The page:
As mentioned above, the hydrogel product is both biocompatible and sterilizable so as to be usable in standard clinical environments. In particular, the hydrogel formulations disclosed herein can be subjected to standard sterilizing procedures, such as gamma beam and electron beam sterilization, without liquefying or otherwise physically degrading. This enables the hydrogel to successfully and safely undergo sterilization procedures together with other components to be sterilized, such as within a kit for instance, which increases manufacturing efficiency. In addition, the hydrogel can be configured to withstand other forms of sterilization/sterilizing materials, including ultraviolet light, hydrogen peroxide, ozone, and corona discharge treatment, in one embodiment. As used herein, “hydrogel” is understood to include a polymer network dispersed in water, often exhibited as a semi-solid gel.

Reference is made to FIG. 1, which depicts a cap 10 for use with an ultrasound probe, such as the probe 30 shown in FIGS. 4A-4C, according to one embodiment. The cap 10 is configured to operably attach to the probe 30 in a snap-fit or other suitable arrangement so as to cover at least a portion of a head portion 32 of the probe. Further details regarding the ultrasound probe 30 are given further below.

A hydrogel insert 12 including a hydrogel product configured in accordance with one embodiment is included with the cap 10. As shown in FIG. 1, the insert 12 is disposed in an opening 14 defined in the cap 10 so as to be secured in the configuration shown. The distal end of the insert 12 defines a concave shape to act, in one embodiment, as a standoff component for providing a physical separation between the ultrasound probe 30 (FIGS. 4A-4C) and the patient's skin, thus preventing compression of superficial veins beneath the skin and therefore enabling suitable imaging thereof. In the present embodiment, a fixture 16 is included on the cap 10 for receipt of a needle guide to help guide a needle into the patient after a suitable vessel has been found via ultrasound imaging. Further details regarding the cap and needle guide can be found in U.S. Publication No. 2011/0313293, filed Aug. 9, 2011, and U.S. Publication No. 2012/0165679, filed Dec. 22, 2011, and titled “Selectable Angle Needle Guide”, each of which is incorporated herein by reference in its entirety. It should be noted that the discussion herein concerning the hydrogel component and its use with an ultrasound probe is merely an example of one implementation thereof and should not be considered limiting of the range of possible uses for the hydrogel product.

FIGS. 2A-2C show a tray 20 that serves as a mold in the present embodiment for forming the hydrogel insert 12 of FIG. 1, as will be described. The tray 20 includes a suitable material such as a thermoplastic and defines a cavity 22 for receiving various components therein. Specifically, a cap cavity portion 24 is defined in the cavity 22 and is shaped to removably receive therein the cap 10 of FIG. 1. A convexly-shaped hydrogel insert cavity portion 26 is defined within the cap cavity portion 24 and is shaped to provide a mold surface and volume for defining the hydrogel insert 12 when the insert is manufactured, as will be described further below. Also included is a cavity area 28 adjacent the cap cavity portion 24 to provide a space where a needle guide can be disposed if attached to the cap.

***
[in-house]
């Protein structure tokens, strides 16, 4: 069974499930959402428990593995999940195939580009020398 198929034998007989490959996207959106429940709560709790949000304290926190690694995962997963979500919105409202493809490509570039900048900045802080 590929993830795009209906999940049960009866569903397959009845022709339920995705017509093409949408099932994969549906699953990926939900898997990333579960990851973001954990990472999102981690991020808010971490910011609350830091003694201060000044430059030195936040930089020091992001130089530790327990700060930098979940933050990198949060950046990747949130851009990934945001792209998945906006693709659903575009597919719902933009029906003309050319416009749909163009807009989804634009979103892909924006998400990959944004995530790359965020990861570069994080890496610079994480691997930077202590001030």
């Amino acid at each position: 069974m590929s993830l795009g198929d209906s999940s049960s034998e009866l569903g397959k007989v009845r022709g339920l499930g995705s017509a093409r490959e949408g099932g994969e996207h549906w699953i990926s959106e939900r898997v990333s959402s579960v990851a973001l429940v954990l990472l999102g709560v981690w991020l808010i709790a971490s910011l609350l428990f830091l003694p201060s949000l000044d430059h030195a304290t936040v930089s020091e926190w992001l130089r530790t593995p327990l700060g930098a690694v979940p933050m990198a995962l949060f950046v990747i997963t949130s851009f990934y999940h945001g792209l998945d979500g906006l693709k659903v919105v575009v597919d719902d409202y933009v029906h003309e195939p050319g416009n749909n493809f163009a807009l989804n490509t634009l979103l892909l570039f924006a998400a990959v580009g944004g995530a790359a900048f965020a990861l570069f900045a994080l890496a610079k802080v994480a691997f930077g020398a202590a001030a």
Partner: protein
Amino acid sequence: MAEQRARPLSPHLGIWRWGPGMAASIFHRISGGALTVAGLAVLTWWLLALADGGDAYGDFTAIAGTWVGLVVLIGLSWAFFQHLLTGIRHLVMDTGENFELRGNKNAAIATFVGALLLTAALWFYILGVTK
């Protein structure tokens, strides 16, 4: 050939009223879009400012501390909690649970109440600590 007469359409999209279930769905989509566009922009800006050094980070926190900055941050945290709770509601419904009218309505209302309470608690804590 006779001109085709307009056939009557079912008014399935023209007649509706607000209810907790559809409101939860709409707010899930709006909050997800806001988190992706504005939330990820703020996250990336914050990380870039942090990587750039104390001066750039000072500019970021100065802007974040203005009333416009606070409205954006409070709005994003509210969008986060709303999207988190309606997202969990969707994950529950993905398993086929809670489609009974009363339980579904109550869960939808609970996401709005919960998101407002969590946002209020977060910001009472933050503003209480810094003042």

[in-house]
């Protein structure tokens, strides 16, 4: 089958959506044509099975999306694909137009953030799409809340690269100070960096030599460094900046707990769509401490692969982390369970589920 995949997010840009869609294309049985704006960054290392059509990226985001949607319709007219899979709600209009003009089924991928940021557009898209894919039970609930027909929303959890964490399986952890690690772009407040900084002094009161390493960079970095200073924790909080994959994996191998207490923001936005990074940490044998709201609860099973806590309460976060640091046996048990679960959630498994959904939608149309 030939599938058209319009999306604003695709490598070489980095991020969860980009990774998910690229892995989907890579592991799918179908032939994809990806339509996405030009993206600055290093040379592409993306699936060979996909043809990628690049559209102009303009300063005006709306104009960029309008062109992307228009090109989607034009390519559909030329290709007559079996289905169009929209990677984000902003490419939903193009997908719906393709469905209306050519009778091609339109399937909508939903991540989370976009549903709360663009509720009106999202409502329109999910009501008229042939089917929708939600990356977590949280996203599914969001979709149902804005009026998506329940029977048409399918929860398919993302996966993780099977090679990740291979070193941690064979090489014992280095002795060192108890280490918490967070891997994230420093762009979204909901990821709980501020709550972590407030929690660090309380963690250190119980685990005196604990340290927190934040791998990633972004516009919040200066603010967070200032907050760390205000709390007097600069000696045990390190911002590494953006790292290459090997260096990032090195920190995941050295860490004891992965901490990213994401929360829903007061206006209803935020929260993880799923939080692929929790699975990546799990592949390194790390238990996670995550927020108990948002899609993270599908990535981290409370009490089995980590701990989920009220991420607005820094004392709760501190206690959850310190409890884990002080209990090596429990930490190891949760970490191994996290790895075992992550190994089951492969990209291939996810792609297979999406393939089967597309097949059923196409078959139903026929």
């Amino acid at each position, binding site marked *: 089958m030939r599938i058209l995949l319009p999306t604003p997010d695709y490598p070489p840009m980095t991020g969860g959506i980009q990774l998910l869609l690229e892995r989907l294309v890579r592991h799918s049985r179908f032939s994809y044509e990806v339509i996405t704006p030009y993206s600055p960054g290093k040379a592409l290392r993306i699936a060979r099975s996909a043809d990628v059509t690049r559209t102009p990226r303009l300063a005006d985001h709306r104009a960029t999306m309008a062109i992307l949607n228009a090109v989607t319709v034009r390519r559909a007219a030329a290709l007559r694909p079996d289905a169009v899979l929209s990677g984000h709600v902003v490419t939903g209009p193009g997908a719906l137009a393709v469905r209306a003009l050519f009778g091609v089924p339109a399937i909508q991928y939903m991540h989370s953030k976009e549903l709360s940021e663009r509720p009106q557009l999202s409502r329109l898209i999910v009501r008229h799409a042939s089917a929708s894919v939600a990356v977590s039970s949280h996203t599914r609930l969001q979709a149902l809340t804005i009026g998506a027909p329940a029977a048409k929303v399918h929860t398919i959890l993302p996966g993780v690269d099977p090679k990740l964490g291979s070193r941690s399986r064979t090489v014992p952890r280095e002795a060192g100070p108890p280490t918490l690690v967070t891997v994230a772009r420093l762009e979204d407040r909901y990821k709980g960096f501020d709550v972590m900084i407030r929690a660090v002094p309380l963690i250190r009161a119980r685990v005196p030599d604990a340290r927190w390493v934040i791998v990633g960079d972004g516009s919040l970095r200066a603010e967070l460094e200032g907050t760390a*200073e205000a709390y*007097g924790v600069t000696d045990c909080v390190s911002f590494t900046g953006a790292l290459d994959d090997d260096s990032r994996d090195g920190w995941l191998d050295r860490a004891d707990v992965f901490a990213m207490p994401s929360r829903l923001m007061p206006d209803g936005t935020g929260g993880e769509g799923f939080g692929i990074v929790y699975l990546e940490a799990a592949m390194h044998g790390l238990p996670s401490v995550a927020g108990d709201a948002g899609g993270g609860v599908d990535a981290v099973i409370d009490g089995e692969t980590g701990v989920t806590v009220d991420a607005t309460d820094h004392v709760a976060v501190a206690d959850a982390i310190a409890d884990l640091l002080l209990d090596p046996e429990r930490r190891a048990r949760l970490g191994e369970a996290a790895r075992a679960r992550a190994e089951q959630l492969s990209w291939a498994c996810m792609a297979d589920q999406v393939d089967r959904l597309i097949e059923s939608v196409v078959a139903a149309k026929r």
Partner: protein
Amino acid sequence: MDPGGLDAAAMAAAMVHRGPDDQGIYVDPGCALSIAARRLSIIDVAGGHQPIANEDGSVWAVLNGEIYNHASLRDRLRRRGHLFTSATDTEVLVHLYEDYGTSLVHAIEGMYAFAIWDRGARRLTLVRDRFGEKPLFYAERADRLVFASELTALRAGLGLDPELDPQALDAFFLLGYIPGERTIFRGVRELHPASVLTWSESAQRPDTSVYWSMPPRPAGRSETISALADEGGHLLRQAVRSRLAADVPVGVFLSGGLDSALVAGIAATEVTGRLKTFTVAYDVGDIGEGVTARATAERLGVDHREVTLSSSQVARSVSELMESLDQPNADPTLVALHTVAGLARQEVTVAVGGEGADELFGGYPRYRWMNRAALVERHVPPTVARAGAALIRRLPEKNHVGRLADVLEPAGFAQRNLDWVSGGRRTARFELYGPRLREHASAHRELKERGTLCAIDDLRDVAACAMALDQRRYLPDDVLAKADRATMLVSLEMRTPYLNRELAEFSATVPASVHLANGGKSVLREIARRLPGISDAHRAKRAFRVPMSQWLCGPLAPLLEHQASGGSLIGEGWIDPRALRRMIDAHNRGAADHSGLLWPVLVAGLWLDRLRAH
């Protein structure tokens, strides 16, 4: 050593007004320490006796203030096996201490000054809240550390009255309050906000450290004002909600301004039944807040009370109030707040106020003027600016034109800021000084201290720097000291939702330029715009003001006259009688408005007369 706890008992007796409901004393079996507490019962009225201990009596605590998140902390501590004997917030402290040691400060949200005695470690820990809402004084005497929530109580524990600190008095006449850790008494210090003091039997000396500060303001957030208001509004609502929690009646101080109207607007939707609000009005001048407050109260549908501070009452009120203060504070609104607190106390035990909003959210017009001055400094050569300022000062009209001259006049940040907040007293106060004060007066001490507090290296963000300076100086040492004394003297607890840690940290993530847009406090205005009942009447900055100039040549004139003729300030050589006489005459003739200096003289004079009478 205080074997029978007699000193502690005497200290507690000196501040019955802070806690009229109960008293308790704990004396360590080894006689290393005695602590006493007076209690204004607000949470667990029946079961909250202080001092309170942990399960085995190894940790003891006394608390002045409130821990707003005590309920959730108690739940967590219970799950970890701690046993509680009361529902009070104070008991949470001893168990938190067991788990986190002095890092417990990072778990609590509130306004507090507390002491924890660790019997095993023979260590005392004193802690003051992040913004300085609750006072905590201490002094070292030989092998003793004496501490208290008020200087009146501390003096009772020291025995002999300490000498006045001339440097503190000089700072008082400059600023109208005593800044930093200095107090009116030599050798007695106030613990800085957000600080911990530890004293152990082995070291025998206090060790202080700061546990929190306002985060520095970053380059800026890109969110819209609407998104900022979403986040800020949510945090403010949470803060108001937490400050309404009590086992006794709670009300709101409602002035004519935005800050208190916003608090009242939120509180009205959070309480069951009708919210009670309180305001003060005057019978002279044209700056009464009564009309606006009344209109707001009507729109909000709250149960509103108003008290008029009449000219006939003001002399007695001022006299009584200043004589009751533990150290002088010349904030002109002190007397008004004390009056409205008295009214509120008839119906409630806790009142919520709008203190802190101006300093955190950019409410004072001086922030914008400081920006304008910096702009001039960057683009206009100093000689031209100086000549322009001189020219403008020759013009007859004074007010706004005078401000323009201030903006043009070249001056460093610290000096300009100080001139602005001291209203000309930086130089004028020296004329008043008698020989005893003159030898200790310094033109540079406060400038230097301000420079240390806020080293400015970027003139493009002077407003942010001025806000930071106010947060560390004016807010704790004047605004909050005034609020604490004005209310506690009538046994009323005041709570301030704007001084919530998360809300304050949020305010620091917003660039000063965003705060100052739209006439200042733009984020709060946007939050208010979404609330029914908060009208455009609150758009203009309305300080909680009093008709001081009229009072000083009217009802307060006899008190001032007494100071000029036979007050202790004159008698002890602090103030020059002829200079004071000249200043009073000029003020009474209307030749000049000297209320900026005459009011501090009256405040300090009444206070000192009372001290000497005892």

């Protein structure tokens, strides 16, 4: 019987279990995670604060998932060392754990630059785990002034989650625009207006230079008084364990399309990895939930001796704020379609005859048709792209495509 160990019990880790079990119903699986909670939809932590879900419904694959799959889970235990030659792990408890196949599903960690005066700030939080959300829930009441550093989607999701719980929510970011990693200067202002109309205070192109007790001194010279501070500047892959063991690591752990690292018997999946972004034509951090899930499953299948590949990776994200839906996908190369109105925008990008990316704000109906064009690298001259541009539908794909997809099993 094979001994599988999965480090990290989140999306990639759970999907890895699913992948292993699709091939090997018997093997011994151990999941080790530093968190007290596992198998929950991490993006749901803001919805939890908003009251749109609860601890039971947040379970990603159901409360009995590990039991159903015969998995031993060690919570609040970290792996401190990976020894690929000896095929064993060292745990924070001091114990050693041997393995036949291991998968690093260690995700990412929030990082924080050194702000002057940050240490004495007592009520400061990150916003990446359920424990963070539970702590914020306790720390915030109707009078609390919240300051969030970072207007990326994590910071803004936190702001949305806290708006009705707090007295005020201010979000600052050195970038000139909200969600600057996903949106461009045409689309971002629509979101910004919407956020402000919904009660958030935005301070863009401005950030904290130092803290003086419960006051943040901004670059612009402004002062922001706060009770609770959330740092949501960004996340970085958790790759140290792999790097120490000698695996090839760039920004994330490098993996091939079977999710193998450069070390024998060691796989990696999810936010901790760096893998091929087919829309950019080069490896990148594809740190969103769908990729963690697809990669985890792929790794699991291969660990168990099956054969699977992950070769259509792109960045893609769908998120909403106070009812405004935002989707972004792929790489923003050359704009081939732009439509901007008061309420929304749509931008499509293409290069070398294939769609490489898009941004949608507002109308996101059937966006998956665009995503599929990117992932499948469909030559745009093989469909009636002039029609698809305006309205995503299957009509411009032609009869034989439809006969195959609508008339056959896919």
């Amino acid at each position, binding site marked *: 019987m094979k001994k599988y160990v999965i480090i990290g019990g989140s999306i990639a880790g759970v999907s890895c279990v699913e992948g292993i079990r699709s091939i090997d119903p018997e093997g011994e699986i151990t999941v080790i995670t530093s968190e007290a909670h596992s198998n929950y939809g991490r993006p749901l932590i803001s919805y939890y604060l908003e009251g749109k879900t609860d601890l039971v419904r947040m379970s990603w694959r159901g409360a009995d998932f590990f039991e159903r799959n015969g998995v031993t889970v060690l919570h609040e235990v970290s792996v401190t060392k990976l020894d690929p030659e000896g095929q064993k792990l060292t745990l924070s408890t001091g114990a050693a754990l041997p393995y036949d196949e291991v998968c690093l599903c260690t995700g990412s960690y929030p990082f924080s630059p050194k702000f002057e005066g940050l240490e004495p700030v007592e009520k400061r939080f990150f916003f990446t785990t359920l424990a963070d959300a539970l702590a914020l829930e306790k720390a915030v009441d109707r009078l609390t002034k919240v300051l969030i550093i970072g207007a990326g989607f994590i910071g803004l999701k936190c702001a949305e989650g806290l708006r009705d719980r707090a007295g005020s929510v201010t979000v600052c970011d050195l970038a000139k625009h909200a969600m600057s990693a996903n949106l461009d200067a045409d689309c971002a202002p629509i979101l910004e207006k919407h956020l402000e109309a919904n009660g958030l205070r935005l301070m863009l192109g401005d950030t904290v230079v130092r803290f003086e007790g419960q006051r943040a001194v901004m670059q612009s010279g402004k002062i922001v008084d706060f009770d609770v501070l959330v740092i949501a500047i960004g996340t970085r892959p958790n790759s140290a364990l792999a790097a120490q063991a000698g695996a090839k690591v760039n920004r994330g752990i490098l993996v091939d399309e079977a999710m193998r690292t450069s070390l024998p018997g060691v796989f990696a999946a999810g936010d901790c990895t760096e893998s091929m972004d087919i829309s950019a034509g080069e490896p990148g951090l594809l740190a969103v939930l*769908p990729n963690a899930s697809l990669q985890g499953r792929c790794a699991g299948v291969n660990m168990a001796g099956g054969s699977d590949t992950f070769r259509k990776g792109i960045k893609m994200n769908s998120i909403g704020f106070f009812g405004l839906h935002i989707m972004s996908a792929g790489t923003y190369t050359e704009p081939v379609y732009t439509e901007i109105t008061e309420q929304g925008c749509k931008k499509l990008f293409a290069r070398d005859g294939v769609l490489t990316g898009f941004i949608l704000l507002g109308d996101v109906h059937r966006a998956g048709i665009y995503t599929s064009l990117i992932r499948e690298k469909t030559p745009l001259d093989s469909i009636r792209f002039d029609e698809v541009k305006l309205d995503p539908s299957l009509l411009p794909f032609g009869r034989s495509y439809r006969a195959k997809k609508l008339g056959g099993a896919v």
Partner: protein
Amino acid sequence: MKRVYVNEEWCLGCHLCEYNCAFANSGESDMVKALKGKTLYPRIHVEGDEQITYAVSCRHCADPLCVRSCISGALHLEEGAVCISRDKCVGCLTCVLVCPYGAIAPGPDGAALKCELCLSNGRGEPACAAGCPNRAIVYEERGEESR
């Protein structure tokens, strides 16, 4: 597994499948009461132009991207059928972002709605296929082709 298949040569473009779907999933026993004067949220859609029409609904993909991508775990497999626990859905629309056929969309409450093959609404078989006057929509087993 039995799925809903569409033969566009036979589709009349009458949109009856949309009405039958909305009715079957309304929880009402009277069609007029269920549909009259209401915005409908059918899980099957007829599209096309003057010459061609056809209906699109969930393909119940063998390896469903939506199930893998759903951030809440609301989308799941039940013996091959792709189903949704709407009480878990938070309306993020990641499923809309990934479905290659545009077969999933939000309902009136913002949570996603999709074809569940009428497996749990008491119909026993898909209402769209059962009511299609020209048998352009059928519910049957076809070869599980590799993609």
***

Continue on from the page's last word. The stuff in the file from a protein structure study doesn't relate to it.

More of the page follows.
FIG. 3 shows the cavity 22 of the tray 20 with the cap 10 disposed in the cap cavity portion 22 thereof. With the cap 10 so positioned a volume is defined, as mentioned, proximate the distal end of the cap 10 and the hydrogel insert cavity portion 26 in which the hydrogel product can be disposed and cured, as discussed further below, in order to form the hydrogel insert 12 in an attached configuration with the cap, as seen in FIG. 1.

FIGS. 4A-4C show the manner of attachment of the cap 10 to the head portion 32 of the ultrasound probe 30. Surface features on the cap 10 and the head 32 are included to enable the cap to be removably attached to the head in a friction fit arrangement, though other attachment schemes may also be used. This places the hydrogel component of the insert 12 at the distal end of the probe 30 to provide an ultrasonically transparent interface between transducer elements disposed in the probe head 32 and the patient's skin. Again, the probe, the cap, and the manner in which the hydrogel component is configured and used can vary from what is shown and described herein.

As mentioned, the hydrogel product of the insert 12 of the cap 10 is used in medical applications to assist with ultrasonic imaging procedures, such as imaging a subcutaneous vessel in preparation for insertion of a catheter, needle, or other medical device therein. As such, the cap 10 and accompanying hydrogel insert must often be sterilized prior to use so as to prevent transmission of microbes, diseases, viruses, bacteria, and so forth. In the present embodiment the hydrogel product is formulated so as to withstand high-energy sterilization procedures that are typically used to sterilize medical devices and equipment.

Specifically, in one embodiment the hydrogel product from which the insert 12 is made includes a ruggedized formulation to provide the desirable qualities discussed above, including the ability to sterilize the hydrogel insert via gamma beam or electron beam sterilization procedures without causing physical degradation of the hydrogel. In one embodiment a hydrogel product is disclosed that includes various components, namely: a gel component to provide the gel structure itself, and water to hydrate the initially dry gel component. In accordance with the present embodiment, one or more free radical absorber components are also included in the composition to absorb free radicals that are produced in the hydrogel as a result of the high-energy sterilization process. Left unchecked, the free radicals cause undesired degradation and liquefying of the hydrogel, rendering it useless for the intended ultrasound-related uses discussed above. By including these absorbers in the hydrogel component, the free radicals are neutralized and are thus unable to cause hydrogel degradation.